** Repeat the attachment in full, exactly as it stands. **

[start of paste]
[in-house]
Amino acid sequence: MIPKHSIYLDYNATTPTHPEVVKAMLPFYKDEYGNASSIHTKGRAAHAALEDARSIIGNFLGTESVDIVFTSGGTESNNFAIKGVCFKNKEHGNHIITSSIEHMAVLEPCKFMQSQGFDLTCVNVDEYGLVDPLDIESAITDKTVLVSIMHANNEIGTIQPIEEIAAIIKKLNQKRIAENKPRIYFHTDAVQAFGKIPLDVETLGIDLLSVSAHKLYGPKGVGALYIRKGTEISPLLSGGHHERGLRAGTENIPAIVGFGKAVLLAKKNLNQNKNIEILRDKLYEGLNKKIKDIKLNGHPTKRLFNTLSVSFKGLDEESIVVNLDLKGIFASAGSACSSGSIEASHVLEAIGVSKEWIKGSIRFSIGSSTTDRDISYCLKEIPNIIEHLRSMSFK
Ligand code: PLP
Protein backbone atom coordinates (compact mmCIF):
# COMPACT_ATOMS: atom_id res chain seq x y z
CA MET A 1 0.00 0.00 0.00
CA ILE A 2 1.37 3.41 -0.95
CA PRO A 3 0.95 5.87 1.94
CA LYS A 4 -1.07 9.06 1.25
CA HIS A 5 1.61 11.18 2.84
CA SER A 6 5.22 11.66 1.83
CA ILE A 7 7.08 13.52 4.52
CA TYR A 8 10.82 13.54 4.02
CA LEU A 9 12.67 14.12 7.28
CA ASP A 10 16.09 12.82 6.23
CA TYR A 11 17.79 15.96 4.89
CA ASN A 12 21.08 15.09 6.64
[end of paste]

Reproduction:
[in-house]
Amino acid sequence: MIPKHSIYLDYNATTPTHPEVVKAMLPFYKDEYGNASSIHTKGRAAHAALEDARSIIGNFLGTESVDIVFTSGGTESNNFAIKGVCFKNKEHGNHIITSSIEHMAVLEPCKFMQSQGFDLTCVNVDEYGLVDPLDIESAITDKTVLVSIMHANNEIGTIQPIEEIAAIIKKLNQKRIAENKPRIYFHTDAVQAFGKIPLDVETLGIDLLSVSAHKLYGPKGVGALYIRKGTEISPLLSGGHHERGLRAGTENIPAIVGFGKAVLLAKKNLNQNKNIEILRDKLYEGLNKKIKDIKLNGHPTKRLFNTLSVSFKGLDEESIVVNLDLKGIFASAGSACSSGSIEASHVLEAIGVSKEWIKGSIRFSIGSSTTDRDISYCLKEIPNIIEHLRSMSFK
Ligand code: PLP
Protein backbone atom coordinates (compact mmCIF):
# COMPACT_ATOMS: atom_id res chain seq x y z
CA MET A 1 0.00 0.00 0.00
CA ILE A 2 1.37 3.41 -0.95
CA PRO A 3 0.95 5.87 1.94
CA LYS A 4 -1.07 9.06 1.25
CA HIS A 5 1.61 11.18 2.84
CA SER A 6 5.22 11.66 1.83
CA ILE A 7 7.08 13.52 4.52
CA TYR A 8 10.82 13.54 4.02
CA LEU A 9 12.67 14.12 7.28
CA ASP A 10 16.09 12.82 6.23
CA TYR A 11 17.79 15.96 4.89
CA ASN A 12 21.08 15.09 6.64